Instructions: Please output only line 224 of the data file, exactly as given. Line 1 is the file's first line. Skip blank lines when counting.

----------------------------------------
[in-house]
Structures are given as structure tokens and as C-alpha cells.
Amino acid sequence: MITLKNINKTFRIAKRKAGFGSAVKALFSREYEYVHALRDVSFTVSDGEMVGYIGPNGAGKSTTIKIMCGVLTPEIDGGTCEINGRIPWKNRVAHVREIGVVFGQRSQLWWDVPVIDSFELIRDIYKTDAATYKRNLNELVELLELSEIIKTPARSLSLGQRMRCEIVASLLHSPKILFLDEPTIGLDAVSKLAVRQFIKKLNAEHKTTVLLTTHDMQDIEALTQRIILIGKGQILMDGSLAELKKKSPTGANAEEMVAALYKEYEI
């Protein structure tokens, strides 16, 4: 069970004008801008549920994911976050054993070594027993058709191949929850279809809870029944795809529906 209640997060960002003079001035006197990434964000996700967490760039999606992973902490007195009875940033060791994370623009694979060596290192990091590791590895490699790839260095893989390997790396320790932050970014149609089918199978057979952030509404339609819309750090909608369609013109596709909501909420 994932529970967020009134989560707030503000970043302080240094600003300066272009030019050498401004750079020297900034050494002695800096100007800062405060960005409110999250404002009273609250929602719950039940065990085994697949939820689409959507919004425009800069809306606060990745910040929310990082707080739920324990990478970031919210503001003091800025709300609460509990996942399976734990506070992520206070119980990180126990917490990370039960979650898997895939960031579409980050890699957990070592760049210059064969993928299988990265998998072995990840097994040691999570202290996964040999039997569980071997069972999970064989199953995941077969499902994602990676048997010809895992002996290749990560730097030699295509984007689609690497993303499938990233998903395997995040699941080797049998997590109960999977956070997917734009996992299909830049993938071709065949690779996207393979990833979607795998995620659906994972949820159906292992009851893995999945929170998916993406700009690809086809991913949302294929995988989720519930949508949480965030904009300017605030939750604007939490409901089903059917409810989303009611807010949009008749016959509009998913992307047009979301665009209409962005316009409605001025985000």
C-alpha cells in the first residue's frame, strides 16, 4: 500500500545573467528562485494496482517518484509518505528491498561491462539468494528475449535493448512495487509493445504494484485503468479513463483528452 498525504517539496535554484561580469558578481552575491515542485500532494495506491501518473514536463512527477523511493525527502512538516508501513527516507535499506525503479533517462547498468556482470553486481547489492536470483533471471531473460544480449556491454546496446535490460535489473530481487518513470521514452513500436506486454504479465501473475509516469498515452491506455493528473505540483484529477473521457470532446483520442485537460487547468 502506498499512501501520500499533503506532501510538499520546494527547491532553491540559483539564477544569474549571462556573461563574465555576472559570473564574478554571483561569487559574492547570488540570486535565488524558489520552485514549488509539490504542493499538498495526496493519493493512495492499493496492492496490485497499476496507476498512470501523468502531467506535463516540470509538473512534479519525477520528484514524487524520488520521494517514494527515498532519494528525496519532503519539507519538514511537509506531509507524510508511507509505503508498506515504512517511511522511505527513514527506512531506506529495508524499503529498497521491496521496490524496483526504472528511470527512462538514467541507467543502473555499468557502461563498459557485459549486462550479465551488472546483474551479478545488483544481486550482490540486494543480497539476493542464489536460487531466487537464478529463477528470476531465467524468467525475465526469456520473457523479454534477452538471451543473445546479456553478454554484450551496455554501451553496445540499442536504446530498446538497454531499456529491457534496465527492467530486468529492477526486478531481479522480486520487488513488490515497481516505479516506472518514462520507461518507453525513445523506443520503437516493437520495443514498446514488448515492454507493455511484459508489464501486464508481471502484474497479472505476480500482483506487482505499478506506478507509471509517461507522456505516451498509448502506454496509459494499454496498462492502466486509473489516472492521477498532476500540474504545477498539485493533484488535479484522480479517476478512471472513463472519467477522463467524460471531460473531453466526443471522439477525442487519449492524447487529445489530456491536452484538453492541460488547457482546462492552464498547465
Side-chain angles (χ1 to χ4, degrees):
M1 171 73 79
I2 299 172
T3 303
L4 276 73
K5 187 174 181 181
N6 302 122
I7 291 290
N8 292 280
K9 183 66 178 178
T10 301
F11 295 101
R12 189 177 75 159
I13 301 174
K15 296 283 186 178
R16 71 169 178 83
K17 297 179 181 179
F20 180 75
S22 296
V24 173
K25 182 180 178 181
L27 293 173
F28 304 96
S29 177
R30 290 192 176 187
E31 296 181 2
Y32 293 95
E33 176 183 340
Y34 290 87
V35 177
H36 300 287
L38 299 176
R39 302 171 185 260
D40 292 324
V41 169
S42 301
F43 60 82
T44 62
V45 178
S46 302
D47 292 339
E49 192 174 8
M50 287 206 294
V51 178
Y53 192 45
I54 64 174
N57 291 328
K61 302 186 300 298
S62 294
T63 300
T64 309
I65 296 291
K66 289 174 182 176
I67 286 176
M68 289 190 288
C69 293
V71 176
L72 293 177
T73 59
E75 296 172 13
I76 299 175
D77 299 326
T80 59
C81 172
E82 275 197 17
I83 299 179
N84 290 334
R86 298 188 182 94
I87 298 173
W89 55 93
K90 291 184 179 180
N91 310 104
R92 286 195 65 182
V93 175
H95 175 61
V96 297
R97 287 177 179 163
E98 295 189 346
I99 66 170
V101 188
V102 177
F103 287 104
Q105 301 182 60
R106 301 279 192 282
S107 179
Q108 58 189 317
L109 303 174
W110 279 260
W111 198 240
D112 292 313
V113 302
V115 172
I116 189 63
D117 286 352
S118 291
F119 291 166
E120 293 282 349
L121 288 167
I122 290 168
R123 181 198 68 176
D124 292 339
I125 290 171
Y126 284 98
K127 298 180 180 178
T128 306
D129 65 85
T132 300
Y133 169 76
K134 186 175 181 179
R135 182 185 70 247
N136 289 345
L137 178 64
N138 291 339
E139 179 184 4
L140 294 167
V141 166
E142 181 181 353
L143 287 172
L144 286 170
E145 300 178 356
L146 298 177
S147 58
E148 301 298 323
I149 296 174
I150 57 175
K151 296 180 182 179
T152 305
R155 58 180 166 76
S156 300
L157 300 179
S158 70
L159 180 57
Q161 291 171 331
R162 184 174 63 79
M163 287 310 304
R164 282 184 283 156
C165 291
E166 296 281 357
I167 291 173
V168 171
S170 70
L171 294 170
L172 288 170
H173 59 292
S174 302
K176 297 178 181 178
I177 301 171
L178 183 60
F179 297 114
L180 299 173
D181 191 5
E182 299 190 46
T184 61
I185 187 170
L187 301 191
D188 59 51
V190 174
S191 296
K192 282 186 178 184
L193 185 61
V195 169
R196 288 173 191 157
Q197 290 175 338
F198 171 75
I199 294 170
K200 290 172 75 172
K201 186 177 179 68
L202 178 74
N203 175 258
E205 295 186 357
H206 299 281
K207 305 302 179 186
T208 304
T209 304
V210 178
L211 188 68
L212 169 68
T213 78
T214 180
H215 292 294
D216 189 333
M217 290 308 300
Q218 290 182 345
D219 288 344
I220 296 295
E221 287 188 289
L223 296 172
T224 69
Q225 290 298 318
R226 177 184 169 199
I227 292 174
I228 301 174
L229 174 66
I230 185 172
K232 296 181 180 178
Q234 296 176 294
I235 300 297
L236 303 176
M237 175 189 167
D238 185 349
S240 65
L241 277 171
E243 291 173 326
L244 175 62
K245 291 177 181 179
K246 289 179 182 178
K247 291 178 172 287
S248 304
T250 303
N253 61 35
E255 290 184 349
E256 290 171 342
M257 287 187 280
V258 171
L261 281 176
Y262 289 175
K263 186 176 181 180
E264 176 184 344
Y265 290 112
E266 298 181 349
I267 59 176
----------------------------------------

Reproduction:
Y265 290 112